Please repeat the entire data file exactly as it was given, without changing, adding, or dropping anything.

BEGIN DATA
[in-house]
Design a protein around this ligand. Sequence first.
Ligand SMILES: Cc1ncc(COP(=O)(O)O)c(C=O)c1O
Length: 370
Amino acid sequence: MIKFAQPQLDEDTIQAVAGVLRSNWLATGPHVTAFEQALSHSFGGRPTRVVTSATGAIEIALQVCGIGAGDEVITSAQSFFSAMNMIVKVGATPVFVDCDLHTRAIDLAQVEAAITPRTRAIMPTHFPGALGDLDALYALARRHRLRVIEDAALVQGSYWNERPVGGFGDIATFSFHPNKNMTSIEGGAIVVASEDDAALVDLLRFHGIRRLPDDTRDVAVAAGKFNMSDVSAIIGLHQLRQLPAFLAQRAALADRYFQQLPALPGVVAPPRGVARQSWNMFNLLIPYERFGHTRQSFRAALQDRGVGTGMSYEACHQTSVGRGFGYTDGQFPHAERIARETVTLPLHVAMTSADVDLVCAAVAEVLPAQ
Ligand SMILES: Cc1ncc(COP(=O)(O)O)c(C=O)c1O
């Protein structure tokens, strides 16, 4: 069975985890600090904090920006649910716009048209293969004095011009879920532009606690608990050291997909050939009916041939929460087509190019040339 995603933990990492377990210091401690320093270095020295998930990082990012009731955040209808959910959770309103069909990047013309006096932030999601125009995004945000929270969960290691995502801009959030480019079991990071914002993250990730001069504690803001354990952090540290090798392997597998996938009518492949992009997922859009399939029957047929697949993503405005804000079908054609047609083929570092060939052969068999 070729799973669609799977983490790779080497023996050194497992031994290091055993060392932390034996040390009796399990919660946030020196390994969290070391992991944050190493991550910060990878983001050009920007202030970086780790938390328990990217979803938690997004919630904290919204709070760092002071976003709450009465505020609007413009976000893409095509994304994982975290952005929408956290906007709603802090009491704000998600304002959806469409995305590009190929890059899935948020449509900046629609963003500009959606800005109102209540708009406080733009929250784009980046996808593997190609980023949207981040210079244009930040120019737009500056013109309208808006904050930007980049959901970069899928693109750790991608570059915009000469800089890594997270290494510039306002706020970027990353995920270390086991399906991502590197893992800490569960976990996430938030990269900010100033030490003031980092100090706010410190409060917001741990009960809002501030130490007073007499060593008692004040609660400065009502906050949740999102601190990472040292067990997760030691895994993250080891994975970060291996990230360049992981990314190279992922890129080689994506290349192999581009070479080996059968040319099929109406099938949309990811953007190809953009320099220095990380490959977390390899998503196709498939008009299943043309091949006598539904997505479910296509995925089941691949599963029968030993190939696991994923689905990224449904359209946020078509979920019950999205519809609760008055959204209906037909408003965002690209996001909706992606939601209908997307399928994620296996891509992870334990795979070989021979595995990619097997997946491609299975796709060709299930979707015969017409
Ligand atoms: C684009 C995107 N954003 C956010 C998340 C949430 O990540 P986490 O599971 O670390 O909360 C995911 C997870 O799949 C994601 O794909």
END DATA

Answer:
[in-house]
Design a protein around this ligand. Sequence first.
Ligand SMILES: Cc1ncc(COP(=O)(O)O)c(C=O)c1O
Length: 370
Amino acid sequence: MIKFAQPQLDEDTIQAVAGVLRSNWLATGPHVTAFEQALSHSFGGRPTRVVTSATGAIEIALQVCGIGAGDEVITSAQSFFSAMNMIVKVGATPVFVDCDLHTRAIDLAQVEAAITPRTRAIMPTHFPGALGDLDALYALARRHRLRVIEDAALVQGSYWNERPVGGFGDIATFSFHPNKNMTSIEGGAIVVASEDDAALVDLLRFHGIRRLPDDTRDVAVAAGKFNMSDVSAIIGLHQLRQLPAFLAQRAALADRYFQQLPALPGVVAPPRGVARQSWNMFNLLIPYERFGHTRQSFRAALQDRGVGTGMSYEACHQTSVGRGFGYTDGQFPHAERIARETVTLPLHVAMTSADVDLVCAAVAEVLPAQ
Ligand SMILES: Cc1ncc(COP(=O)(O)O)c(C=O)c1O
């Protein structure tokens, strides 16, 4: 069975985890600090904090920006649910716009048209293969004095011009879920532009606690608990050291997909050939009916041939929460087509190019040339 995603933990990492377990210091401690320093270095020295998930990082990012009731955040209808959910959770309103069909990047013309006096932030999601125009995004945000929270969960290691995502801009959030480019079991990071914002993250990730001069504690803001354990952090540290090798392997597998996938009518492949992009997922859009399939029957047929697949993503405005804000079908054609047609083929570092060939052969068999 070729799973669609799977983490790779080497023996050194497992031994290091055993060392932390034996040390009796399990919660946030020196390994969290070391992991944050190493991550910060990878983001050009920007202030970086780790938390328990990217979803938690997004919630904290919204709070760092002071976003709450009465505020609007413009976000893409095509994304994982975290952005929408956290906007709603802090009491704000998600304002959806469409995305590009190929890059899935948020449509900046629609963003500009959606800005109102209540708009406080733009929250784009980046996808593997190609980023949207981040210079244009930040120019737009500056013109309208808006904050930007980049959901970069899928693109750790991608570059915009000469800089890594997270290494510039306002706020970027990353995920270390086991399906991502590197893992800490569960976990996430938030990269900010100033030490003031980092100090706010410190409060917001741990009960809002501030130490007073007499060593008692004040609660400065009502906050949740999102601190990472040292067990997760030691895994993250080891994975970060291996990230360049992981990314190279992922890129080689994506290349192999581009070479080996059968040319099929109406099938949309990811953007190809953009320099220095990380490959977390390899998503196709498939008009299943043309091949006598539904997505479910296509995925089941691949599963029968030993190939696991994923689905990224449904359209946020078509979920019950999205519809609760008055959204209906037909408003965002690209996001909706992606939601209908997307399928994620296996891509992870334990795979070989021979595995990619097997997946491609299975796709060709299930979707015969017409
Ligand atoms: C684009 C995107 N954003 C956010 C998340 C949430 O990540 P986490 O599971 O670390 O909360 C995911 C997870 O799949 C994601 O794909």